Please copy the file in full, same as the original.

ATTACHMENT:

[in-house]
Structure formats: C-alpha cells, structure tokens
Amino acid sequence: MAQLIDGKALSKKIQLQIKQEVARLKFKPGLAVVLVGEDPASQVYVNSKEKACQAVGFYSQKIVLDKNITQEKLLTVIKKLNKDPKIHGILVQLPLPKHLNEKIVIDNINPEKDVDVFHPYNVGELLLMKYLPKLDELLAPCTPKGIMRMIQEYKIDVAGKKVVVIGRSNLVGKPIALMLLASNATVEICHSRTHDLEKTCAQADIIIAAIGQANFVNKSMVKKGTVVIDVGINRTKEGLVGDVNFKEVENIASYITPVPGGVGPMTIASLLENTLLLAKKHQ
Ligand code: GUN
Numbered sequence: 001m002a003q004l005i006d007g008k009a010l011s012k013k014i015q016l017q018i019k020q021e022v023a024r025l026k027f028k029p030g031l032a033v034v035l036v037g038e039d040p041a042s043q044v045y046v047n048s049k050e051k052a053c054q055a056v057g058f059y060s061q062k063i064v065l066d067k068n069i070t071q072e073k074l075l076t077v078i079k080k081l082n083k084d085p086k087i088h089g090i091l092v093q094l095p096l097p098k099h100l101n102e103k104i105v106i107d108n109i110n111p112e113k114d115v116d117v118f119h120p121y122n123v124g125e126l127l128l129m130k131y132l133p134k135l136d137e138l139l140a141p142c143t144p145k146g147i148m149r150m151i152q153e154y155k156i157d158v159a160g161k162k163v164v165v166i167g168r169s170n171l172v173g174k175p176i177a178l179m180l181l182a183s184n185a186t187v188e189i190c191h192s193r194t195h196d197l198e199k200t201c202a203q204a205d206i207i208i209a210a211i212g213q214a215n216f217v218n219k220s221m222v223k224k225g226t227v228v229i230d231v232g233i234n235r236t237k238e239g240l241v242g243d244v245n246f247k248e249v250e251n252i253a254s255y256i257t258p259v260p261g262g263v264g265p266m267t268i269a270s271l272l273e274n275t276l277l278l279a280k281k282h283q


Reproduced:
[in-house]
Structure formats: C-alpha cells, structure tokens
Amino acid sequence: MAQLIDGKALSKKIQLQIKQEVARLKFKPGLAVVLVGEDPASQVYVNSKEKACQAVGFYSQKIVLDKNITQEKLLTVIKKLNKDPKIHGILVQLPLPKHLNEKIVIDNINPEKDVDVFHPYNVGELLLMKYLPKLDELLAPCTPKGIMRMIQEYKIDVAGKKVVVIGRSNLVGKPIALMLLASNATVEICHSRTHDLEKTCAQADIIIAAIGQANFVNKSMVKKGTVVIDVGINRTKEGLVGDVNFKEVENIASYITPVPGGVGPMTIASLLENTLLLAKKHQ
Ligand code: GUN
Numbered sequence: 001m002a003q004l005i006d007g008k009a010l011s012k013k014i015q016l017q018i019k020q021e022v023a024r025l026k027f028k029p030g031l032a033v034v035l036v037g038e039d040p041a042s043q044v045y046v047n048s049k050e051k052a053c054q055a056v057g058f059y060s061q062k063i064v065l066d067k068n069i070t071q072e073k074l075l076t077v078i079k080k081l082n083k084d085p086k087i088h089g090i091l092v093q094l095p096l097p098k099h100l101n102e103k104i105v106i107d108n109i110n111p112e113k114d115v116d117v118f119h120p121y122n123v124g125e126l127l128l129m130k131y132l133p134k135l136d137e138l139l140a141p142c143t144p145k146g147i148m149r150m151i152q153e154y155k156i157d158v159a160g161k162k163v164v165v166i167g168r169s170n171l172v173g174k175p176i177a178l179m180l181l182a183s184n185a186t187v188e189i190c191h192s193r194t195h196d197l198e199k200t201c202a203q204a205d206i207i208i209a210a211i212g213q214a215n216f217v218n219k220s221m222v223k224k225g226t227v228v229i230d231v232g233i234n235r236t237k238e239g240l241v242g243d244v245n246f247k248e249v250e251n252i253a254s255y256i257t258p259v260p261g262g263v264g265p266m267t268i269a270s271l272l273e274n275t276l277l278l279a280k281k282h283q